Are mucosal vaccines the answer? Of mice and humans

Although systemic vaccines have been reported to reduce community spread of the virus (82, 83), the mechanisms underlying this effect are unclear. Given that systemic vaccines do not effectively generate antibodies in salivary and nasal secretions, they would be unlikely to inhibit carriage of virus or interfere with transmission to others. On the other hand, diminution of the overall viral load might result in less virus in the mouth and nose regardless of the presence of antibodies in secretions.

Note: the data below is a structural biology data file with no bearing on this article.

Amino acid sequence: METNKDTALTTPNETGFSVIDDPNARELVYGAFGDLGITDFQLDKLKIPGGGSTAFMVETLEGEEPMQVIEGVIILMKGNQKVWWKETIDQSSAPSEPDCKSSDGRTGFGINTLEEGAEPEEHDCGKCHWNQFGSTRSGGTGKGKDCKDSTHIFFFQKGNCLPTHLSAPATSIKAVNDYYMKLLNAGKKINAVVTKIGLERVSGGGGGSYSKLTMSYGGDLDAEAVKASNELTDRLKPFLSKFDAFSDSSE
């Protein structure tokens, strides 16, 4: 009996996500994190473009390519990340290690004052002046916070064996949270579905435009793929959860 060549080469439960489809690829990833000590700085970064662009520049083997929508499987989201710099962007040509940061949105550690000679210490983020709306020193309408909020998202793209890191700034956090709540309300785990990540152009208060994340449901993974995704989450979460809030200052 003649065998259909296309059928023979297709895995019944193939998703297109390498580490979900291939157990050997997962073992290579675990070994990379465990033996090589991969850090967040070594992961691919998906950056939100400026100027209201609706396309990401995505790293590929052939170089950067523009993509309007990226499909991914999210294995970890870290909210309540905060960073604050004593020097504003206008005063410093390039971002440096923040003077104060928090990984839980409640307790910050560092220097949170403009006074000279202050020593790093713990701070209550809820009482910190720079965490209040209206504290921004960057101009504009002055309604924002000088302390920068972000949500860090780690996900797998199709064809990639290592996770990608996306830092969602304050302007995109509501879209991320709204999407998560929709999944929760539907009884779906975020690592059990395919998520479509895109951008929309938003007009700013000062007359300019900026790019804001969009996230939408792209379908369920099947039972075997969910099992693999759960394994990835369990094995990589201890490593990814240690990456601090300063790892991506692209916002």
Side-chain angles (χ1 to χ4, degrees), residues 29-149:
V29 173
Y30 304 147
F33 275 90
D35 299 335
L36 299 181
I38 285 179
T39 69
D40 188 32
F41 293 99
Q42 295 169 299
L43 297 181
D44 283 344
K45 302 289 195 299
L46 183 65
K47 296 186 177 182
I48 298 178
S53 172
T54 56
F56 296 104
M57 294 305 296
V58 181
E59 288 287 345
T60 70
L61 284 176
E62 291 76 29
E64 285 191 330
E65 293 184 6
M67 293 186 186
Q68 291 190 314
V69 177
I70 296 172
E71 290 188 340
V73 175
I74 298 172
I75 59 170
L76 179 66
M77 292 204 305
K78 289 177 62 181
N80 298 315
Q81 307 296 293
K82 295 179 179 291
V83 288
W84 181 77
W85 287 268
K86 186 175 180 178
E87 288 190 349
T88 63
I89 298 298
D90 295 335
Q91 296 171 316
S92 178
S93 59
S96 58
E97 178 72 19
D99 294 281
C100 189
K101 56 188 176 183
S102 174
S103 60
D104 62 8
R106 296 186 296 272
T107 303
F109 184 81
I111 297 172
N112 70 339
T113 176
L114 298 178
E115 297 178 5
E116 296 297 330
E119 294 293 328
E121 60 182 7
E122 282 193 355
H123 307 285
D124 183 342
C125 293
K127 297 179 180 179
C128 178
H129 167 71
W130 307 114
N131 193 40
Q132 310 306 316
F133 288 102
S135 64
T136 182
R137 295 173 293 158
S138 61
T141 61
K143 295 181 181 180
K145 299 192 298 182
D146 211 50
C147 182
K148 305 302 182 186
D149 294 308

Nevertheless, in light of the foregoing discussion it is reasonable to propose that generation of anti-viral antibodies in nasal secretions, saliva, and tears would yield substantial benefit in terms of both preventing initial infection by SARS-CoV-2 and suppressing onward transmission of the virus, neither of which would be readily accomplished by antibodies confined to the circulation (84). This can only be achieved by mucosal routes of immunization that have been demonstrated to induce mucosal antibodies, mainly SIgA, in various human secretions. Historically, several mucosal routes, including oral (enteric), intranasal, rectal, vaginal, and intra-oral (sublingual) have been used experimentally, but only oral and intranasal routes have been approved for human application (63, 85). Among these it is notable that intranasal vaccination has been successfully developed against influenza virus, thereby affording precedent for this approach against SARS-CoV-2. Numerous groups have indeed taken up the challenge and demonstrated that intranasal immunization with a variety of vaccine constructs can induce antibodies with virus-neutralizing capability in secretions as well as serum, and even protective immunity against challenge, in animals such as mice (86, 87), hamsters (88, 89), and monkeys (90, 91, reviewed in 92, 93). However, few of these efforts have advanced into clinical trials beyond phase I. The WHO website shows that of 156 COVID vaccines in clinical development, 8 are intranasal, a further 3 are administered as aerosol or by inhalation, and 4 are orally delivered (https://www.who.int/publications/m/item/draft-landscape-of-covid-19-candidate-vaccines; accessed May 18, 2022). Many efforts at intranasal vaccine development have been abandoned because of failure to repeat preclinical success in phase I trials, a common finding, often the result of inadequate understanding of differences in the human mucosal immune system from those of small animal models (94). It has already been noted above that nasopharyngeal immune anatomy differs between mice (which have NALT in the naso-pharyngeal duct) and humans (which have Waldeyer’s ring of tonsils and adenoids in the pharynx). It has now become clear that inbred, genetically uniform mice of the same age and raised under controlled conditions of hygiene are substantially different in their immune responsiveness from genetically diverse humans exposed to markedly different environmental conditions. Even the body-size difference (~20g for mice vs. ~70kg for humans) relating to the numbers of immune system cells present in each species, and respective lifetimes (~2 vs ~70 years) may represent seldom considered factors. Other differences in IgA physiology relate to the occurrence of two IgA subclasses, a much higher concentration of circulating mIgA1 in humans (95), and absence of the Fcα receptor (CD89) on myeloid cells in mice. Yet the expectation that success in animal models will translate to success in humans all too often proves to be unwarranted and leads to disappointment. It is unfortunate in this regard that negative experimental results and developmental failures are often not reported or are overlooked in the pursuit of success.